They began with 'Flat Out', an eight-month project that brought community members from Newtown and Lozells, and especially families from Inkerman House, together with dancers in the city for a series of dance and music workshops aimed at expressing what it's like to live here, and building creative skills.
The project ended in a professional ballet that drew on the movements and themes expressed in the workshops, and that was watched by a range of people from the area, many of whom have never been to see a ballet before. The project threw up a range of issues about community arts in the city, and the final report emphasised how important it is, for communities that are themselves often on the move, to have a stable, reliable presence of community arts that they can become part of, and through which they can build community.
Download the Flat Out Report here
In her push towards a more sustainable model, Dr Pat Noxolo of Birmingham University has been continuing to talk with Birmingham Royal Ballet, but also with other arts stakeholders in the city, and with Birmingham Housing Municipal Trust, who were enormously helpful at the start of Flat Out, and who still provide a constant presence in the community. Using funds from Birmingham University, Pat arranged to re-stage and film the ballet, and has been using it as a catalyst for conversation about sustainable community arts in the city.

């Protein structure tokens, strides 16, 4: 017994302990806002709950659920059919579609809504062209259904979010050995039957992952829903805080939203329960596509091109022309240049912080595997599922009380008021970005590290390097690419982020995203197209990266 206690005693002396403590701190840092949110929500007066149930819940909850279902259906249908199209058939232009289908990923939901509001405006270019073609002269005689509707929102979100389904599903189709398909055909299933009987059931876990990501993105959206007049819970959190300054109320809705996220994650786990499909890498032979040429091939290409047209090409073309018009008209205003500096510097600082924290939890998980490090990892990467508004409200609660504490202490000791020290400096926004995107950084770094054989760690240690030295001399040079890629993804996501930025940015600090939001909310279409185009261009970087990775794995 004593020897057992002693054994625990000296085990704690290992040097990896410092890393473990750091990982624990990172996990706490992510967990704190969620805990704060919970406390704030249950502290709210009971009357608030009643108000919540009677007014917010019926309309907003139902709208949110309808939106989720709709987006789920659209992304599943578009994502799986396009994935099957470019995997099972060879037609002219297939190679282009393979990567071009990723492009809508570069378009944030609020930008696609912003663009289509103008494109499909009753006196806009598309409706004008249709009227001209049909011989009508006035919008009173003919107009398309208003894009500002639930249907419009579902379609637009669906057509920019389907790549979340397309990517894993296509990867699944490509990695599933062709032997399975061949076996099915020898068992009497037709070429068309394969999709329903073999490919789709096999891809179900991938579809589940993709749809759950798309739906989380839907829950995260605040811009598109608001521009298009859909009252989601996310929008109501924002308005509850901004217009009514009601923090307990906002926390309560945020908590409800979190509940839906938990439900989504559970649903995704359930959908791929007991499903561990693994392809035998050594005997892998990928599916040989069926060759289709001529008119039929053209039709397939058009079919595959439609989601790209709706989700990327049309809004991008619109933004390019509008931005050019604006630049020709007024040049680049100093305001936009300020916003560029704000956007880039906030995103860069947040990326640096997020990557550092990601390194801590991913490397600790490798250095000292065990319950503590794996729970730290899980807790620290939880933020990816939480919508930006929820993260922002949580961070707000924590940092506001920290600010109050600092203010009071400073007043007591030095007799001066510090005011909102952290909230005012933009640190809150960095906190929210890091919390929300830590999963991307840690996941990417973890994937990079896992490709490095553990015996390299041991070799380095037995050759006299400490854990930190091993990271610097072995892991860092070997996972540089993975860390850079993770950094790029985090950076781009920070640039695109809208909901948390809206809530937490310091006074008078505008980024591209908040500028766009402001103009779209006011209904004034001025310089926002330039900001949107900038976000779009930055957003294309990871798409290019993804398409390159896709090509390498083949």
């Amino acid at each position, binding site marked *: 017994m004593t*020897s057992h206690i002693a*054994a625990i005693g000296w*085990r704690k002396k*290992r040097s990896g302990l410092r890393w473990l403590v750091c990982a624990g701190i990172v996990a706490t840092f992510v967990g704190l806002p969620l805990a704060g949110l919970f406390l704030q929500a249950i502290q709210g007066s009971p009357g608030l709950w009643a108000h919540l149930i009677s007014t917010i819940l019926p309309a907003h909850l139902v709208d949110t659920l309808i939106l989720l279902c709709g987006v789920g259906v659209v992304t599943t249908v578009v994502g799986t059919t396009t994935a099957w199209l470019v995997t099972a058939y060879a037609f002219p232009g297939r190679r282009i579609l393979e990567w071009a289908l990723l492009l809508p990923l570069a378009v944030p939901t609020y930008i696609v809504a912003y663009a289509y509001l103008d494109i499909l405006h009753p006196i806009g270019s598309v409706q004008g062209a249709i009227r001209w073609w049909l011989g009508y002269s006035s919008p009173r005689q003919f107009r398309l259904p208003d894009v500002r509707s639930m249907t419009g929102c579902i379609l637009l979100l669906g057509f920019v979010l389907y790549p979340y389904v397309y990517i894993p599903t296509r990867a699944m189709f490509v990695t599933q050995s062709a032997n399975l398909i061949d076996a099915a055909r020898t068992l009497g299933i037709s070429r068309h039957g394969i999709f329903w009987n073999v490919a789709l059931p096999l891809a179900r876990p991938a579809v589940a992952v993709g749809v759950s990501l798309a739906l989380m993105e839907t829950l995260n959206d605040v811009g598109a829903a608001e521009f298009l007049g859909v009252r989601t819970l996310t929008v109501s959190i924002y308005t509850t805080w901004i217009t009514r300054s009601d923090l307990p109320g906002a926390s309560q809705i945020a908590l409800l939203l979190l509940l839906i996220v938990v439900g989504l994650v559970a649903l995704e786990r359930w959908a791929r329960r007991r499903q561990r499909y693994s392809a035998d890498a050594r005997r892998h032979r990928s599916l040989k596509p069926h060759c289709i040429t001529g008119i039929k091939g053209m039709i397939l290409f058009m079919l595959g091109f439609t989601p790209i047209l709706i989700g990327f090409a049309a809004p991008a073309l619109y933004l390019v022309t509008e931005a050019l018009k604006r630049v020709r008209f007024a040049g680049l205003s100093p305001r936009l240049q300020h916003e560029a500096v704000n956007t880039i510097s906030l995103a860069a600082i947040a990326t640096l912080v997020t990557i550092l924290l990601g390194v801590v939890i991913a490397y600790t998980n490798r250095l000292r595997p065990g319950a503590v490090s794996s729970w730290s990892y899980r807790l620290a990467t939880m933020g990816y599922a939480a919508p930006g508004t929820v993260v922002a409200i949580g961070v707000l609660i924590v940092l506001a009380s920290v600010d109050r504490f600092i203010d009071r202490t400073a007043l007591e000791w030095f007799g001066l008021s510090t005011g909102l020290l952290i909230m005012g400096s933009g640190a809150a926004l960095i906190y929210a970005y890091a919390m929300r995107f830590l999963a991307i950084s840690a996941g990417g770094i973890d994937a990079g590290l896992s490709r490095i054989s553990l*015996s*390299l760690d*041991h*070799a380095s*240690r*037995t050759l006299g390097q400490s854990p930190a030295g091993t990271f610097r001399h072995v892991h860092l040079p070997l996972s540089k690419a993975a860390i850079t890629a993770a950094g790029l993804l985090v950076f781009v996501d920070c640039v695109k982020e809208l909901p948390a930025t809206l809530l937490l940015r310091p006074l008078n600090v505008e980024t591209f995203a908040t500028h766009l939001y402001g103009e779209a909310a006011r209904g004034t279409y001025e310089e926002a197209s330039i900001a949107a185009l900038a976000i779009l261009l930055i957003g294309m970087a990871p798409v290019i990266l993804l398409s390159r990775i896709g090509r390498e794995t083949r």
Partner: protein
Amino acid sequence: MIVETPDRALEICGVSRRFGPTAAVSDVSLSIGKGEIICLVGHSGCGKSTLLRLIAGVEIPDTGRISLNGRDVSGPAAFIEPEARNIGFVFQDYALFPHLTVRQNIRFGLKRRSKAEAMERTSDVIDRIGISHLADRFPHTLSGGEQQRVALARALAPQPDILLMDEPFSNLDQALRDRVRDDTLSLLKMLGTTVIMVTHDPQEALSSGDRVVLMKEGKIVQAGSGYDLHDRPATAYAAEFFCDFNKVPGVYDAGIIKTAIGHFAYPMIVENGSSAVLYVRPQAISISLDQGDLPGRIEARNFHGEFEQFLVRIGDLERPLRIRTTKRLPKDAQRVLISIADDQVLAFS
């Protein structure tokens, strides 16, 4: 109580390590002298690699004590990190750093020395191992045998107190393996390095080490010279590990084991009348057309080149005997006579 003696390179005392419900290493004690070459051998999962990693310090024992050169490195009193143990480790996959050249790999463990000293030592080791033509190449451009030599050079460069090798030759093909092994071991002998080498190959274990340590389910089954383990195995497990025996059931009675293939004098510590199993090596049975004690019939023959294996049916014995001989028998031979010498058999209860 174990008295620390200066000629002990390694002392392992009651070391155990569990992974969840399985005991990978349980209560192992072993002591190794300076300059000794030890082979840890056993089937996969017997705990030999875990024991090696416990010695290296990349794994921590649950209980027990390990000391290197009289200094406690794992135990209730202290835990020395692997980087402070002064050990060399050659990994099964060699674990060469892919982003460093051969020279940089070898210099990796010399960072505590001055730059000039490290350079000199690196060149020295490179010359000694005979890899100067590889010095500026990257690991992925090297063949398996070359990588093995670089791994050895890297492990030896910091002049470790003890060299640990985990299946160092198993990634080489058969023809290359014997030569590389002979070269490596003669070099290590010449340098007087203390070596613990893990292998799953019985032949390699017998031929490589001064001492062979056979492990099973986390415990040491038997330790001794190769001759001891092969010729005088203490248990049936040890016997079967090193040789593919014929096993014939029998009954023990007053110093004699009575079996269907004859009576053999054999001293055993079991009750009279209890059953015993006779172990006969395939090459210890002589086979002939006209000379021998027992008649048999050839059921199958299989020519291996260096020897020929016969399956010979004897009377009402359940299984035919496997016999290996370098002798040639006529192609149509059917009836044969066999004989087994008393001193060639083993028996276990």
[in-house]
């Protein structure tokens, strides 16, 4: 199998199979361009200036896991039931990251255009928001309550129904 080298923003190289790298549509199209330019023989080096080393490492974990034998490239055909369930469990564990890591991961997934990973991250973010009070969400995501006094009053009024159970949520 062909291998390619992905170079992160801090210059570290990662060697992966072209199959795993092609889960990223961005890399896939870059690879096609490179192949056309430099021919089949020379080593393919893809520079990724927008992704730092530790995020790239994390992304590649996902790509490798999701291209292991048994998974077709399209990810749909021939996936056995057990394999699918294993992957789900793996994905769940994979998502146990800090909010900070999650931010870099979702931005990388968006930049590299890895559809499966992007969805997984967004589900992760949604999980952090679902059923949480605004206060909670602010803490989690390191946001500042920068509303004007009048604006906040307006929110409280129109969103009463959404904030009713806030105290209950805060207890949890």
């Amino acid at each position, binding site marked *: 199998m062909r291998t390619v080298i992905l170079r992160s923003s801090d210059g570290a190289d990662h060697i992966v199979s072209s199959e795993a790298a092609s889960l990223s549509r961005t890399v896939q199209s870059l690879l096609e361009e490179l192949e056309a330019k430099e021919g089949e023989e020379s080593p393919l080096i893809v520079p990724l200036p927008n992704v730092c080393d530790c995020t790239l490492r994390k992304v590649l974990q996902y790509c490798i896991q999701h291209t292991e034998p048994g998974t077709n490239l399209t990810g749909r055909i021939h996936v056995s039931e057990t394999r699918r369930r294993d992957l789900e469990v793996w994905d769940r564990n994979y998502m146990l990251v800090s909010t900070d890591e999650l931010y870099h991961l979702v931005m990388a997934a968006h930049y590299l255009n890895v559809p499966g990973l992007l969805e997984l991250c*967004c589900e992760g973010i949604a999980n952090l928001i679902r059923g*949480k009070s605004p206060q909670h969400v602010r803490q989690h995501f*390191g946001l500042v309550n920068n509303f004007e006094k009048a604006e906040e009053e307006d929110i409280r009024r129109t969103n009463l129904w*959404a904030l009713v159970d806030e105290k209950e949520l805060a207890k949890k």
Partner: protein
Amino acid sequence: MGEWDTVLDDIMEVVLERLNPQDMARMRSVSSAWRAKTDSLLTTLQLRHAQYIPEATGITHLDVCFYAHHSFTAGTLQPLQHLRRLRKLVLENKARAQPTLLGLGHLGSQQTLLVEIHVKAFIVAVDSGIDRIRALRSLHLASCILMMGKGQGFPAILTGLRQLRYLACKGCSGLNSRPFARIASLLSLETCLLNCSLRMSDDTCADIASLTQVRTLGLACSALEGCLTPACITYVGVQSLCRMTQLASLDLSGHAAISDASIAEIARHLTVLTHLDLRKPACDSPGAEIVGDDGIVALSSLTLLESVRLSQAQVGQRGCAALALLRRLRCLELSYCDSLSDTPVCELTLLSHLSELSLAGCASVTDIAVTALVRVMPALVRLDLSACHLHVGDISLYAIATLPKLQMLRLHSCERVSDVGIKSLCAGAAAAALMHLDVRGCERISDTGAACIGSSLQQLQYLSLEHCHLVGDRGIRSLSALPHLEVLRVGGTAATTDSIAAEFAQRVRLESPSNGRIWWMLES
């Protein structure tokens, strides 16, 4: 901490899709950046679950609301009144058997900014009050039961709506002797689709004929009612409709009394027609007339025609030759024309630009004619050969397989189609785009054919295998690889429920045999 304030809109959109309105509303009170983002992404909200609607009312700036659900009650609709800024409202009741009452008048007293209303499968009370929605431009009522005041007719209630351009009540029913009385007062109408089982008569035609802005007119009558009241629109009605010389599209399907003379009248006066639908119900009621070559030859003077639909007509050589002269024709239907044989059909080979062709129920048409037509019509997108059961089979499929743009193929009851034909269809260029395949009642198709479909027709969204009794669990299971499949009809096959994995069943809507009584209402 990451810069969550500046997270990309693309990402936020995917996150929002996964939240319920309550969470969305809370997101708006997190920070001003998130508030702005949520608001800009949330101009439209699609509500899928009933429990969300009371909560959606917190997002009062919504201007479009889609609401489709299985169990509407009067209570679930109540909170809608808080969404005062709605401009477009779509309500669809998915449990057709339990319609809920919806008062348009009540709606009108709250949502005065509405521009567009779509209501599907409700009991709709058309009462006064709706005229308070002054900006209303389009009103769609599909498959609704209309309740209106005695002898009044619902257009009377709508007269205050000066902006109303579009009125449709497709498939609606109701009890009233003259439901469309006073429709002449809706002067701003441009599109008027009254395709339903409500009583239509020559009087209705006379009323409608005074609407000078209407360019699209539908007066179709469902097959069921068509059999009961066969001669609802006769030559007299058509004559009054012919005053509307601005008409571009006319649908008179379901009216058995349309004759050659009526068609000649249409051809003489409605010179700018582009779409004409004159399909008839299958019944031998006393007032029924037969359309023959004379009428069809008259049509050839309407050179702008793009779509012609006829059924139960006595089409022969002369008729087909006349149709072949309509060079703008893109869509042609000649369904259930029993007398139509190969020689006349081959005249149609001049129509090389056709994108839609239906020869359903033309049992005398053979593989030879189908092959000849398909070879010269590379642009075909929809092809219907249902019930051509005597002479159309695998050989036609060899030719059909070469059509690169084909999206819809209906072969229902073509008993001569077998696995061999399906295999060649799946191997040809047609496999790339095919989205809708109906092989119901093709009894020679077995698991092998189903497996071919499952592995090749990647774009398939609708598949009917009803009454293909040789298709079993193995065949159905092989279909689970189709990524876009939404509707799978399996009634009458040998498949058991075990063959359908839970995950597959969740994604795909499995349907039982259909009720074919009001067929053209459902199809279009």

If you're interested in getting involved in that conversation, or if you have ideas about sustainable community arts, get in touch with Pat Noxolo at email@example.com.